Having worked as tier2 tech support for a major corporation, although I primarily dealt with their field techs, the rule of thumb is; Linux is unsupported, but it is your judgment on if you can field it. In other words, our best effort. For me, I hated mail clients. I never used them, and so I had to follow a script on how to configure them. I also could not stand tier1. Tier1 was one extreme or another. Either tier1 was the type to answer the phone like “Hello and thank you for calling ABC company this is <rep name>, how may I direct your call?” and then transfer the call to us, or they would go beyond their scope of support and do stuff they weren’t supposed to, and then we’d get it and have to fix it.
Their weren’t many of us that knew Linux. Those of us that did were considered uber techs.
One call I had was from a specialist, where he had been dispatched to fix their pc. It was this companies version of the Geek Squad. So why was he calling me? Don’t know. He describes the problem to me. The resolution is off when viewing web pages. I am thinking it’s a plugin issue. This was one of those where tier1 had had their hands in it. It turns out that tier1 had the customer uninstall some drivers. This tech in the field says he has never seen anything like this before. As it turns out, there were no video drivers installed. I tried surfing to the VIA site to get the drivers the customer needed. We tried all 3, and none worked. Finally we did a system restore. After being on the call for 90+ minutes, I decided my manager would kill me if I didn’t wrap it up. The system restore did work.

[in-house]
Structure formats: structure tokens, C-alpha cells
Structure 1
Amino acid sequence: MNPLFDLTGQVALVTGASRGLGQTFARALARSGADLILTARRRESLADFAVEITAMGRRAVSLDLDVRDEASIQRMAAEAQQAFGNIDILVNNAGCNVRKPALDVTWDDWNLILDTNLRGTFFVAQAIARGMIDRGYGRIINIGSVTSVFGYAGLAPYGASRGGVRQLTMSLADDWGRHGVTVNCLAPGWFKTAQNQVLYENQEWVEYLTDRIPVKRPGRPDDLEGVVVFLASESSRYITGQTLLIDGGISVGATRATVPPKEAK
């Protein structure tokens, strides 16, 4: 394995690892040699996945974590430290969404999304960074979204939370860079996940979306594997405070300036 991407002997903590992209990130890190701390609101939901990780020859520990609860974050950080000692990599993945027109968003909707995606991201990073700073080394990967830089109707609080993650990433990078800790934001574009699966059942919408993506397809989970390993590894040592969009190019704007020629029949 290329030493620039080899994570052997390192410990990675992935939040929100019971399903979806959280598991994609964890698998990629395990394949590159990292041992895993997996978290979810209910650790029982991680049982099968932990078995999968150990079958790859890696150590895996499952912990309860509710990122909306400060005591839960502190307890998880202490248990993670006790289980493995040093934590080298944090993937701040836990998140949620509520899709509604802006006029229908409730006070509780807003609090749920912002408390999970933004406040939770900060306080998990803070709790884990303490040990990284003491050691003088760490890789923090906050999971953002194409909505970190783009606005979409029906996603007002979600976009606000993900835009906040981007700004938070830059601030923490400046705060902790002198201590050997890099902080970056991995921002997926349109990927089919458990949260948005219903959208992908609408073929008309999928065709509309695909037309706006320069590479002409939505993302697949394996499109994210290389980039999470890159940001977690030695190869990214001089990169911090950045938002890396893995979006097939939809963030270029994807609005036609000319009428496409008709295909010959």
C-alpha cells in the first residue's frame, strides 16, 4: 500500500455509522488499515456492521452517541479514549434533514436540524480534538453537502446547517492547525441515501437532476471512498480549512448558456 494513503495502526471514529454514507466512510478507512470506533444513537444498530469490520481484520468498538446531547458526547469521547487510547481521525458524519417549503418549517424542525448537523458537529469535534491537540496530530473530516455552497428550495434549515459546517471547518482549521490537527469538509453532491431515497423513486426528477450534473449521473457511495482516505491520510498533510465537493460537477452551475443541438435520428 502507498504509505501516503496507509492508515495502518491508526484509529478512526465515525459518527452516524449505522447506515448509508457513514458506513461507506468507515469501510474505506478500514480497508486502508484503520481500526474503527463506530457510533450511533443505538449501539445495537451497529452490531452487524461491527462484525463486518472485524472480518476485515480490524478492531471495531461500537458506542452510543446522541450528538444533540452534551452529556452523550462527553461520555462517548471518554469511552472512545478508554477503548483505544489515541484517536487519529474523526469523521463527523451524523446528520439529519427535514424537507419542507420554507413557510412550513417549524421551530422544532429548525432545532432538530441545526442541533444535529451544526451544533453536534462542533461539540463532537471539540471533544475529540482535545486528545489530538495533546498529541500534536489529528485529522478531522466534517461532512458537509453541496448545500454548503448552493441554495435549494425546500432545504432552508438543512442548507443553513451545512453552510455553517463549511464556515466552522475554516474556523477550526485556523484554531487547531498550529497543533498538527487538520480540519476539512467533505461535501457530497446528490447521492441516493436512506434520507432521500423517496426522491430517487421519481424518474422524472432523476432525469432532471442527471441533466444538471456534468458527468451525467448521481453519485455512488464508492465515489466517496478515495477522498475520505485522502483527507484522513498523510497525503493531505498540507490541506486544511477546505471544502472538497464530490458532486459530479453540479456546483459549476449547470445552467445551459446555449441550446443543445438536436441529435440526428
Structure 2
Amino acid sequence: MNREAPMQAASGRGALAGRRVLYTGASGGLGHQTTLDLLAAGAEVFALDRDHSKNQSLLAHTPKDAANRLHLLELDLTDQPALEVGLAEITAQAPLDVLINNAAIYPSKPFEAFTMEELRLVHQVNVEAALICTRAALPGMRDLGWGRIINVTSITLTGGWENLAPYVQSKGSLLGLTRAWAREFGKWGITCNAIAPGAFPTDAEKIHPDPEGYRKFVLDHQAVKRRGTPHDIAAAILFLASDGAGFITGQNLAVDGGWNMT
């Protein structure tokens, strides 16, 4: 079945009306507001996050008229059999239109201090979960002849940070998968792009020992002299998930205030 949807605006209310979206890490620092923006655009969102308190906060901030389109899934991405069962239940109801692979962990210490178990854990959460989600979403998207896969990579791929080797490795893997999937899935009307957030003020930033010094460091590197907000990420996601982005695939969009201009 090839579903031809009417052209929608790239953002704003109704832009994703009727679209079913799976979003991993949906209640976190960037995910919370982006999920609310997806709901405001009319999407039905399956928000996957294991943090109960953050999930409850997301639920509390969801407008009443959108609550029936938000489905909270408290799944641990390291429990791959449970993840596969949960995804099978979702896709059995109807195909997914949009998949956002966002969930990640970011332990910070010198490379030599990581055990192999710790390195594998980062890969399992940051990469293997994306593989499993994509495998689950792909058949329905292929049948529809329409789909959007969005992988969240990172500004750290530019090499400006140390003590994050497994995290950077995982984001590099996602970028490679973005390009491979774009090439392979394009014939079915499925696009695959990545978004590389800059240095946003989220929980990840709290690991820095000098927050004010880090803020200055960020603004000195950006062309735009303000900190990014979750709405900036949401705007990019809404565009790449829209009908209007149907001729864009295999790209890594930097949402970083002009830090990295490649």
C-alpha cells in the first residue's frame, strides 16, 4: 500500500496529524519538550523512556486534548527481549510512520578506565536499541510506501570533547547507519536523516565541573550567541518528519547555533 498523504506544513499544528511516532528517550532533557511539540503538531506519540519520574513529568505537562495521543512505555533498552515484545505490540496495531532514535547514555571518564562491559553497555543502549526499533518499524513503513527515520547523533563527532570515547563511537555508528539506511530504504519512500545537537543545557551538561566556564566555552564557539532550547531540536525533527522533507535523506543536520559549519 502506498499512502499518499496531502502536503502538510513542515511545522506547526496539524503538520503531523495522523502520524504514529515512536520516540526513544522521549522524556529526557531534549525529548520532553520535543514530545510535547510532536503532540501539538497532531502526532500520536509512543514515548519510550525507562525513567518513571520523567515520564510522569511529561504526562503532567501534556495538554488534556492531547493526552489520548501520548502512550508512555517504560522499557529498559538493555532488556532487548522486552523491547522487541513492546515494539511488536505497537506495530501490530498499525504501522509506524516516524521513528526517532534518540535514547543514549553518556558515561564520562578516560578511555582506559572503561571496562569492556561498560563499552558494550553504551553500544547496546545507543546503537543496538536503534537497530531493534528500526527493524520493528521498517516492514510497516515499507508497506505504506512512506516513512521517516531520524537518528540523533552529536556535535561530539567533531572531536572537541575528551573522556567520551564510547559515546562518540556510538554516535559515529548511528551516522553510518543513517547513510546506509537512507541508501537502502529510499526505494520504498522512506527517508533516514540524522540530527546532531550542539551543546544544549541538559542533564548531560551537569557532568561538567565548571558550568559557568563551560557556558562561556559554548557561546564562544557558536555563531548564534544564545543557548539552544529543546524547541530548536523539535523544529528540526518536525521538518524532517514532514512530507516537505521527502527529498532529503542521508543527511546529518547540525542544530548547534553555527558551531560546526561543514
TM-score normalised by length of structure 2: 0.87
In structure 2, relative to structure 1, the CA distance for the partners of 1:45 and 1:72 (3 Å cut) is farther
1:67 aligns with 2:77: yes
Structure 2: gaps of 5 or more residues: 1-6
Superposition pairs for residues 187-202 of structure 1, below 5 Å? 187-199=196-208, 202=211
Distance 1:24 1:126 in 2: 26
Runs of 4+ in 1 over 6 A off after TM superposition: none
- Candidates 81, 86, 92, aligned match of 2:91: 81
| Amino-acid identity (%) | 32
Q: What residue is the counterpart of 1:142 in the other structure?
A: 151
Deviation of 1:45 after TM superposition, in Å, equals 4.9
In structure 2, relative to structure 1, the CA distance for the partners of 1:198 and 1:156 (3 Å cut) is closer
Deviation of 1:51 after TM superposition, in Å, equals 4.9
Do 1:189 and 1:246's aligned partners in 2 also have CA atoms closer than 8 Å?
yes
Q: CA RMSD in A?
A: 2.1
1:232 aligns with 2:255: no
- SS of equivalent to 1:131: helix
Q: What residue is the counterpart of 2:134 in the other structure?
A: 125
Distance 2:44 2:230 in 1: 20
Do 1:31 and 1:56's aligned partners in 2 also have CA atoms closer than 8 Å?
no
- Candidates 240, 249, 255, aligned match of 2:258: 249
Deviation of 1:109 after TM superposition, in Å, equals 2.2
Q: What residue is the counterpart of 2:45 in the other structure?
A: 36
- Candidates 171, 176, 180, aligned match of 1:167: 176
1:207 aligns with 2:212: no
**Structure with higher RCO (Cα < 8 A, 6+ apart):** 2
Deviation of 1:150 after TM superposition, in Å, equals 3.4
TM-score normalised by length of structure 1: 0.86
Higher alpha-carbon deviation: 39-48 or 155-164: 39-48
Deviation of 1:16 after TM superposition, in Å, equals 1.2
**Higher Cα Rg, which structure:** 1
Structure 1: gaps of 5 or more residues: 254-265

Unfortunately these ISP’s that provide tech support are more interested in 2 things. 1) Talk time, and 2) That you don’t call back for the same issue.
That is why you get frustrated with their support. The other person on the other end of the line, the rep, is having to meet certain metrics to keep their job. So talk time is one of the biggest things. The ISP’s figure they can train people to become techs, but customer service…that’s kind of another matter. Of course the problem with the ISP’s training people to become techs is that you get those who all they know is to follow the script.
The ISP’s develop tools so that techs don’t have to do much thinking. The tools are supposed to tell all, and even fix most. When I was working there, I could almost tell exactly where the problem was. I could read/interpret the data that well. And yet the ISP was working to develop the tool to make it so you didn’t have to interpret it. It was color coded, and gave certain messages and even suggestions. This is what was in the works when I left.
Don’t assume it’s the rep. Alot of times, the rep is just worried about his metrics. Instead, write to your ISP and tell them how you feel. If enough of us do it, it might just make a difference.